I realized that I could not decide if I wanted him to cross that point or not.

I stared back.

Edinburgh felt as if it was shrinking up, fading into the distance.

“I think I should go.” His voice sounded thick and deliberate.

I nodded. 

Yes.

Chapter Seventy-Three: Afterlife

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Instead, I took her home.

If given the choice of living as a young woman without an arm, I would choose dying.

What would my daughter wish? Would she choose life at all costs if she could speak?

I had the dubious benefit of knowledge of the world as it was. She would long to be loved but it would always remain unrequited. She would be unable to work or to support herself and how long would my fortune last? There were no relatives upon whom she could rely if something were to happen to me.

To amputate her arm would mean consigning her to utter, lifelong isolation. I could not do that.

Yet, I was not willing to give her up. If she died, I died.

We would fight, she and I.

I needed to gather the coneflowers I had seen growing in Mrs. Fenuiel’s garden. I was surprised when I recognized them, tall and pink, as I thought they only grew in America.

“Oh, those?” She shrugged when I asked about them. “The seed was a gift, sent from an old American friend years ago. I keep meaning to rip them out.” She shook her wrinkled, old head. “I hate that woman now.”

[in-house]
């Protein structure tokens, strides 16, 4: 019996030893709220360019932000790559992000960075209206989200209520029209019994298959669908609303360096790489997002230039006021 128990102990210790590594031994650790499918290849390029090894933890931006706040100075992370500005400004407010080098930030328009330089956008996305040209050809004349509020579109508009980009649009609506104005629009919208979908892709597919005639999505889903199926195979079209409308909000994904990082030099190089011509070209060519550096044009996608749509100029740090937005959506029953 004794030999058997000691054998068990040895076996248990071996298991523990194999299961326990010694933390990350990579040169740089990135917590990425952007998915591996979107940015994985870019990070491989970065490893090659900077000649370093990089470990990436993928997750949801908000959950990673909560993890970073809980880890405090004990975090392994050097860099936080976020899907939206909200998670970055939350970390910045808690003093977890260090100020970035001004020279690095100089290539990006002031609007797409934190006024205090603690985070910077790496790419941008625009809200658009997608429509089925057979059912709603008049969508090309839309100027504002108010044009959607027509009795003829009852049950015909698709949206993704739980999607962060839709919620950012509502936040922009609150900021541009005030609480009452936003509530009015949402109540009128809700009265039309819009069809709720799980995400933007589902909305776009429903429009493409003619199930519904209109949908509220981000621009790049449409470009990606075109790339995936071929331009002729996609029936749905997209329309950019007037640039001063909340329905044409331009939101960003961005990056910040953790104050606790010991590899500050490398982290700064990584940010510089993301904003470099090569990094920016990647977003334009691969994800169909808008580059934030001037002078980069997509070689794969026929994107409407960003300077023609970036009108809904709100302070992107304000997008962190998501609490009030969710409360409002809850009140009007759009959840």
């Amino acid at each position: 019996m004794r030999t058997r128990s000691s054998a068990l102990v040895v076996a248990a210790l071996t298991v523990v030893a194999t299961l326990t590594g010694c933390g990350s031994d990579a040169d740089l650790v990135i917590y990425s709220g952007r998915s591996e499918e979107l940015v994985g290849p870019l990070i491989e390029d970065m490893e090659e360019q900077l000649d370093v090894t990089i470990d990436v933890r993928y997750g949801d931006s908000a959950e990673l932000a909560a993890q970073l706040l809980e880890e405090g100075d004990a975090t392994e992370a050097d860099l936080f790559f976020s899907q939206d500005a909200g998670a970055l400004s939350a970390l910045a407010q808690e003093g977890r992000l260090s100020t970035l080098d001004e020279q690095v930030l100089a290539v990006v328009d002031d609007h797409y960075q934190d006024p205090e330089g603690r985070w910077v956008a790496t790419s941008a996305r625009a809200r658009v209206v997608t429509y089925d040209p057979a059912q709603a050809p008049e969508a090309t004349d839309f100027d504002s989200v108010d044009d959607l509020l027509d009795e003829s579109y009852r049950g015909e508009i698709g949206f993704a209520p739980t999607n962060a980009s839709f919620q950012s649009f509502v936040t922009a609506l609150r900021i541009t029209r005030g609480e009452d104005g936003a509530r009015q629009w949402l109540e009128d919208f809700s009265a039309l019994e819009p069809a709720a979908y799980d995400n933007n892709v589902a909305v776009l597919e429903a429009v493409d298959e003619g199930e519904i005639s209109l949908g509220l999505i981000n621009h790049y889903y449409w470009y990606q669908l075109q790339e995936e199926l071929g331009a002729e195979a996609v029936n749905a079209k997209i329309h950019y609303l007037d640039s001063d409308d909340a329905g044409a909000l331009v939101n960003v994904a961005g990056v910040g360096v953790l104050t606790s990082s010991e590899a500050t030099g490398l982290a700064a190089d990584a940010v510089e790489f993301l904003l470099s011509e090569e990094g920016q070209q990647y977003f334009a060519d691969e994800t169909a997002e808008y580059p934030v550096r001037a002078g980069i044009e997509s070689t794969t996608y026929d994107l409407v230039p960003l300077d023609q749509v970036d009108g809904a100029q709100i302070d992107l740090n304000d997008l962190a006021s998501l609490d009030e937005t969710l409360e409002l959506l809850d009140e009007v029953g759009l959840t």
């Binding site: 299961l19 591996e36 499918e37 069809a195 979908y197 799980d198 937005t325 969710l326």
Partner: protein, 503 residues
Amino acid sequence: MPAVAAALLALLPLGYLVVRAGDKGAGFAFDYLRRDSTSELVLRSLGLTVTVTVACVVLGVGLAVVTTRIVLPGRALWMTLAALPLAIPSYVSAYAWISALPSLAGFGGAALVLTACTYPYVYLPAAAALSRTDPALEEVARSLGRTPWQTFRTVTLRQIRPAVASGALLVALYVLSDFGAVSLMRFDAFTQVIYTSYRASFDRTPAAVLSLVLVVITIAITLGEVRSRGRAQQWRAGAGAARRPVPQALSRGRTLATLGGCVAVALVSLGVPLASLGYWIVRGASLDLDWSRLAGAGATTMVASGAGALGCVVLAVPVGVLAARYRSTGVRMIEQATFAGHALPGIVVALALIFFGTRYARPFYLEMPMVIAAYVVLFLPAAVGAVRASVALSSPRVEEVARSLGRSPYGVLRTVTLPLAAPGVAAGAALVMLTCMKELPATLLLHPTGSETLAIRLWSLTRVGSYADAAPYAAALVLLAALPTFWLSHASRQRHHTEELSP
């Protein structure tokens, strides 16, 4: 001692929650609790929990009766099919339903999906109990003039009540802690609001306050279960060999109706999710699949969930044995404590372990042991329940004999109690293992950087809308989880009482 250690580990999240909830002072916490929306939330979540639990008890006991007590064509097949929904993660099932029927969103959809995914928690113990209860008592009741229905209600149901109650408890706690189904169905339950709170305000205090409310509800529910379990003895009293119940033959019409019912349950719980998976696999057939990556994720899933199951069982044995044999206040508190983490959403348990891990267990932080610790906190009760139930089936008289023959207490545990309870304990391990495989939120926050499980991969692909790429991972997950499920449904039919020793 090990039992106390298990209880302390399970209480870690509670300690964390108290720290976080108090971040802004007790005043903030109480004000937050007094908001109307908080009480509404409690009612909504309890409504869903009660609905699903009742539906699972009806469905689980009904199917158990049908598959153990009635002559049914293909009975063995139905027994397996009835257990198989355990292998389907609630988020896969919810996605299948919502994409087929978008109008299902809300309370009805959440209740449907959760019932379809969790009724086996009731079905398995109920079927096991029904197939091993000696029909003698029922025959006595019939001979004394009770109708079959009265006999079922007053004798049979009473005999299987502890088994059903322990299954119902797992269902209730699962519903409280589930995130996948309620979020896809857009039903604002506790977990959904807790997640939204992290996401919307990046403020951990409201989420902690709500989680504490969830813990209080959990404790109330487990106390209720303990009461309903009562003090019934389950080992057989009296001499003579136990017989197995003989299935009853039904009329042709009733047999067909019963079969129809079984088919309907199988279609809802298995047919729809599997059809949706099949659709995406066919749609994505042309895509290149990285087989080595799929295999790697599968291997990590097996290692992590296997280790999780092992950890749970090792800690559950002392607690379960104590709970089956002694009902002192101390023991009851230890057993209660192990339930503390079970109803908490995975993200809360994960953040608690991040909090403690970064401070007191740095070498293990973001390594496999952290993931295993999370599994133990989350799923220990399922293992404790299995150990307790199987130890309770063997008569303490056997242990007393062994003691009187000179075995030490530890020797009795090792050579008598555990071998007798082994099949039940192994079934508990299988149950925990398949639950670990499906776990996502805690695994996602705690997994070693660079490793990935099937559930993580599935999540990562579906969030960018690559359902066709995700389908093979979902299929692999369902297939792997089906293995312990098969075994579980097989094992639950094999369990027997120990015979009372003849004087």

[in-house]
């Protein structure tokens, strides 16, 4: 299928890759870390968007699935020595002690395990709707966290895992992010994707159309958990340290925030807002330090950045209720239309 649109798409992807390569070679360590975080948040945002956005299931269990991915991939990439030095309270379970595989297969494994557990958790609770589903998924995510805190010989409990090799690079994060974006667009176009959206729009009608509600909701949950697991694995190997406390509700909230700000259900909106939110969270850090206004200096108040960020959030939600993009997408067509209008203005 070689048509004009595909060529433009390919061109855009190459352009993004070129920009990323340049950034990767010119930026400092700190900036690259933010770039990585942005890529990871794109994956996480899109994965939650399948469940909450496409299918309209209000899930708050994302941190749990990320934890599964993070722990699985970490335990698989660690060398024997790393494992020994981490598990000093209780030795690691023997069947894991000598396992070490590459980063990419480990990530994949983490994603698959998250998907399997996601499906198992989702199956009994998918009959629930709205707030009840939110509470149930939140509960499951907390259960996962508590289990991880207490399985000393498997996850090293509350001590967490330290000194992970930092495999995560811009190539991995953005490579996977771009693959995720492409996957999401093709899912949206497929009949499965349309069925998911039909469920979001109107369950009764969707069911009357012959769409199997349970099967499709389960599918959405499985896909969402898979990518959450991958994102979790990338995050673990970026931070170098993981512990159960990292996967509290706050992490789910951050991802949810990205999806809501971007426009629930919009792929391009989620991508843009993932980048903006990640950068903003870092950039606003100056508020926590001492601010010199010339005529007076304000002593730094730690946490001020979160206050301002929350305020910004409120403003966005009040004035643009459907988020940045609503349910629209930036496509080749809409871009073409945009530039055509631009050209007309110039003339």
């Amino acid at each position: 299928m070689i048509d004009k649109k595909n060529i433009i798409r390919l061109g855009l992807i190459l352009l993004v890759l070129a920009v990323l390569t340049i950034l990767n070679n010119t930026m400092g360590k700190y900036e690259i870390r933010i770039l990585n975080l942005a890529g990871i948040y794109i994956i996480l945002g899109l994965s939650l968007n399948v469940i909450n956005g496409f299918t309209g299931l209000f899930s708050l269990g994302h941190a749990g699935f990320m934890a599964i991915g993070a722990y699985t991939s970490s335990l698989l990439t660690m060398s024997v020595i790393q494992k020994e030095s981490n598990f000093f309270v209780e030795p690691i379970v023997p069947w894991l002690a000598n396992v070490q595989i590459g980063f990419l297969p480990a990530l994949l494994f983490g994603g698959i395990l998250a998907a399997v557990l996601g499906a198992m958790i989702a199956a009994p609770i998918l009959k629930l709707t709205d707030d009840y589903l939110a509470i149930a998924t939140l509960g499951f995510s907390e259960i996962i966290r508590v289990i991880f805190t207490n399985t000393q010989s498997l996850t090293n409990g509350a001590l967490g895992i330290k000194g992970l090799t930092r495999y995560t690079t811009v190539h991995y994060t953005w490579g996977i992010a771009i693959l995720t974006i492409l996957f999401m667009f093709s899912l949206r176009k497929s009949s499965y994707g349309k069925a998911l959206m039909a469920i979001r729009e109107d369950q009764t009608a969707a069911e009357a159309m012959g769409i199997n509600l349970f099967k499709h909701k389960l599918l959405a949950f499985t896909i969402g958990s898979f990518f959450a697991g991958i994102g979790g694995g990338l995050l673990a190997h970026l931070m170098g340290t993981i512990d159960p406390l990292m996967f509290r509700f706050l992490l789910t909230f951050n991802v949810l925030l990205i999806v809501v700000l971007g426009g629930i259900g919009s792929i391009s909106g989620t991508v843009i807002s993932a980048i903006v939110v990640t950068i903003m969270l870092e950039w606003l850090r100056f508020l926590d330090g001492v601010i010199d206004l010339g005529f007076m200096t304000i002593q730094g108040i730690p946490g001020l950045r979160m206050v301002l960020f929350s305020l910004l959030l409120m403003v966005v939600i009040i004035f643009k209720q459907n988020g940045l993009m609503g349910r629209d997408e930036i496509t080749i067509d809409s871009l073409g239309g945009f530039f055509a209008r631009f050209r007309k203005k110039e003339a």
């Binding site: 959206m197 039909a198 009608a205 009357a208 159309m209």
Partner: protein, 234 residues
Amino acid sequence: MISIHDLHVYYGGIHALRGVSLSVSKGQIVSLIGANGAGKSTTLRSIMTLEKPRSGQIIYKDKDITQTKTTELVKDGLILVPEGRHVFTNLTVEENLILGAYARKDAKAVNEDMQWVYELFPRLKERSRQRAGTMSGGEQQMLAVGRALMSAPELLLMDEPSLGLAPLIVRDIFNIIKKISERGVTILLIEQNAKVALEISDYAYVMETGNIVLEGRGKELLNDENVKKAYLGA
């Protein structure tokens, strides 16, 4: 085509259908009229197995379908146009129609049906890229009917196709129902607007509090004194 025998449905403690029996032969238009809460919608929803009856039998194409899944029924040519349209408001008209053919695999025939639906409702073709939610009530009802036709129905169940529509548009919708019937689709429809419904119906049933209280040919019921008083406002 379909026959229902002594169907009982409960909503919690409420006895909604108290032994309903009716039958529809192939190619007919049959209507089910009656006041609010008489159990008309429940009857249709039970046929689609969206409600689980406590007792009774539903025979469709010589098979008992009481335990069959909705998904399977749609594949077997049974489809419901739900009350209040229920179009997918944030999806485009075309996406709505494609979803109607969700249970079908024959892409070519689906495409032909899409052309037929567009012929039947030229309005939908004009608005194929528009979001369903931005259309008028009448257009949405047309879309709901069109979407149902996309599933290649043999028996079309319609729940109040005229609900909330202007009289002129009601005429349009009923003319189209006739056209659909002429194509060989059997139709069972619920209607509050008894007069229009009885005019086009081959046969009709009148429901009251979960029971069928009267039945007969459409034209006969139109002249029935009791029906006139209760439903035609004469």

Get all of them!” I ordered, calling after the young maid as she left out the door. Mrs. Fenuiel would not mind, I was certain.

They did not grow as tall as those back home had, the more rainy climate likely did not agree with them. Still, they would serve their purpose I hoped. The pale pink flowers, stems, and roots were for an antiseptic paste I had seen used by the midwives back home as a child. Typically it was made from dried plants but we did not have that kind of time.

I set about readying what I would need.

A knife from the kitchen.

Linen torn into strips for bandages.

Hot water.

I laid Anne on blankets on the kitchen work table, exposing her red and bloated little arm. The older housekeeper held it still in case she moved. Quickly, I cut into the flesh over the site of the inoculation.

Nothing.

I wanted to finish this before the young girl returned with the flowers. She had a gentle spirit and was not cut out for such things. The housekeeper herself was looking pale.

I cut deeper, my hands shaking. Anne stirred slightly as a cloud of foul smelling purulence mixed with blood poured forth. Thankfully she did not scream.

I could not bear it if she had screamed.